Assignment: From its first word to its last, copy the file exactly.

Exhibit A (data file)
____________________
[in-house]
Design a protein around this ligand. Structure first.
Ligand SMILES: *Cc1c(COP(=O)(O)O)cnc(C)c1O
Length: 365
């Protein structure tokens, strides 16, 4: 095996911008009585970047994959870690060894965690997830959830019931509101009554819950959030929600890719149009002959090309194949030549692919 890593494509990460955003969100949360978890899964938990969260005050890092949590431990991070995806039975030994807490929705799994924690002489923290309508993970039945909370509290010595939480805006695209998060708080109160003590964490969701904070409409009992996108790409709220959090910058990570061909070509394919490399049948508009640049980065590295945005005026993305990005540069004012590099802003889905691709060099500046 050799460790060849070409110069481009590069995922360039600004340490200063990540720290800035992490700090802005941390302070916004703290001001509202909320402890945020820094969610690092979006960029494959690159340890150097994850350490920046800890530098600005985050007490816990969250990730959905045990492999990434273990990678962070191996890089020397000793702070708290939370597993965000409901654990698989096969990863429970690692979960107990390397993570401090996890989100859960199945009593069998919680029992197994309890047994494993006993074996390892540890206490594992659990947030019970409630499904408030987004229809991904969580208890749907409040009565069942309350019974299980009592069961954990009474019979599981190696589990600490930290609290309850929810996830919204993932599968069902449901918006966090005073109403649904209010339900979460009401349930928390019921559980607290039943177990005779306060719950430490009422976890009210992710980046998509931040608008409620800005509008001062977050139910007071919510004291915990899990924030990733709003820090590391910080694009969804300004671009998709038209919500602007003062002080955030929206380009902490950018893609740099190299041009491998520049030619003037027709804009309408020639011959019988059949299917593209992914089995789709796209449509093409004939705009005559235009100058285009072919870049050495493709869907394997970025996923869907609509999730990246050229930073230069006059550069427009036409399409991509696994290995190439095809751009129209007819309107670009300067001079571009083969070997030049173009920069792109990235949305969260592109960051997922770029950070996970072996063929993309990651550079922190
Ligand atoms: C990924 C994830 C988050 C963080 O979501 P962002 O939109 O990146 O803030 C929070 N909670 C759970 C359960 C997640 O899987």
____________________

[in-house]
Design a protein around this ligand. Structure first.
Ligand SMILES: *Cc1c(COP(=O)(O)O)cnc(C)c1O
Length: 365
């Protein structure tokens, strides 16, 4: 095996911008009585970047994959870690060894965690997830959830019931509101009554819950959030929600890719149009002959090309194949030549692919 890593494509990460955003969100949360978890899964938990969260005050890092949590431990991070995806039975030994807490929705799994924690002489923290309508993970039945909370509290010595939480805006695209998060708080109160003590964490969701904070409409009992996108790409709220959090910058990570061909070509394919490399049948508009640049980065590295945005005026993305990005540069004012590099802003889905691709060099500046 050799460790060849070409110069481009590069995922360039600004340490200063990540720290800035992490700090802005941390302070916004703290001001509202909320402890945020820094969610690092979006960029494959690159340890150097994850350490920046800890530098600005985050007490816990969250990730959905045990492999990434273990990678962070191996890089020397000793702070708290939370597993965000409901654990698989096969990863429970690692979960107990390397993570401090996890989100859960199945009593069998919680029992197994309890047994494993006993074996390892540890206490594992659990947030019970409630499904408030987004229809991904969580208890749907409040009565069942309350019974299980009592069961954990009474019979599981190696589990600490930290609290309850929810996830919204993932599968069902449901918006966090005073109403649904209010339900979460009401349930928390019921559980607290039943177990005779306060719950430490009422976890009210992710980046998509931040608008409620800005509008001062977050139910007071919510004291915990899990924030990733709003820090590391910080694009969804300004671009998709038209919500602007003062002080955030929206380009902490950018893609740099190299041009491998520049030619003037027709804009309408020639011959019988059949299917593209992914089995789709796209449509093409004939705009005559235009100058285009072919870049050495493709869907394997970025996923869907609509999730990246050229930073230069006059550069427009036409399409991509696994290995190439095809751009129209007819309107670009300067001079571009083969070997030049173009920069792109990235949305969260592109960051997922770029950070996970072996063929993309990651550079922190
Ligand atoms: C990924 C994830 C988050 C963080 O979501 P962002 O939109 O990146 O803030 C929070 N909670 C759970 C359960 C997640 O899987």